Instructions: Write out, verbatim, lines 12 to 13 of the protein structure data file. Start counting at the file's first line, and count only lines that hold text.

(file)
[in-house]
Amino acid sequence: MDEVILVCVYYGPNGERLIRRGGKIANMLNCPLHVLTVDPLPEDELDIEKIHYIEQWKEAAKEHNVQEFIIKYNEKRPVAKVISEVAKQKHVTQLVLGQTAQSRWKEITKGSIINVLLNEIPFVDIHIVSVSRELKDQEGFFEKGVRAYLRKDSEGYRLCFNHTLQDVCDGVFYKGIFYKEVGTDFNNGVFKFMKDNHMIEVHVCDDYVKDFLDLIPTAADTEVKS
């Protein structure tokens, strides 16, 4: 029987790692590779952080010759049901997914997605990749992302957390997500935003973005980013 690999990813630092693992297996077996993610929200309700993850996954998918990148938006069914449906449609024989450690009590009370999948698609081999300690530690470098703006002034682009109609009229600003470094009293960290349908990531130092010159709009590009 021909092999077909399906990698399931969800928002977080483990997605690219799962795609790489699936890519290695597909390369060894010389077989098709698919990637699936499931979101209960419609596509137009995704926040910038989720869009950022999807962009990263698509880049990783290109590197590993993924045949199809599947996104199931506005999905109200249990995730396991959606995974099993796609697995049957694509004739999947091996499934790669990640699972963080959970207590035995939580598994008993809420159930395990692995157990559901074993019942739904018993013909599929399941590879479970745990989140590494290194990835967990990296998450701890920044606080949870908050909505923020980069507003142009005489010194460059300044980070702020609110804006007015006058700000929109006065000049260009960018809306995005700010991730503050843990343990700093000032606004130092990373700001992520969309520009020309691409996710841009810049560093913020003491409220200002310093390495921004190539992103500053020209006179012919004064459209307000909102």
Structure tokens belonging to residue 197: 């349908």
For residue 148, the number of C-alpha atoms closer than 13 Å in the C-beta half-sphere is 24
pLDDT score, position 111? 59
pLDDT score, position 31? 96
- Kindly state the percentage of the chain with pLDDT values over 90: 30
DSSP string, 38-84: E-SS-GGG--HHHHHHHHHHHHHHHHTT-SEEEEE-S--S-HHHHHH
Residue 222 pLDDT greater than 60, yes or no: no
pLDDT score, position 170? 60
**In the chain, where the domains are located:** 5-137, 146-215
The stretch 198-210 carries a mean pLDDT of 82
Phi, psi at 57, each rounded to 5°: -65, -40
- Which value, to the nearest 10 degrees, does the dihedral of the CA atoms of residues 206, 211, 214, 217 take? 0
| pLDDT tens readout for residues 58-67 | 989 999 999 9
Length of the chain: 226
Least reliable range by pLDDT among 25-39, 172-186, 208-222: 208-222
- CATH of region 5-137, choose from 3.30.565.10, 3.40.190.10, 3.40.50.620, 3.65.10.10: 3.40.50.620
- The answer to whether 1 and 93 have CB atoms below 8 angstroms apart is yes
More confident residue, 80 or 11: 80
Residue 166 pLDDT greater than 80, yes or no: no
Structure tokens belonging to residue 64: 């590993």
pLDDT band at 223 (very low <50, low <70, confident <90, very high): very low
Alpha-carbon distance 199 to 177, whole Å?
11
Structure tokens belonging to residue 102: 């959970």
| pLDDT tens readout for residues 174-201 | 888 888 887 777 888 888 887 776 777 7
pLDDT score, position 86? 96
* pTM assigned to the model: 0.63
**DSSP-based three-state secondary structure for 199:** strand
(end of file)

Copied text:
**In the chain, where the domains are located:** 5-137, 146-215
The stretch 198-210 carries a mean pLDDT of 82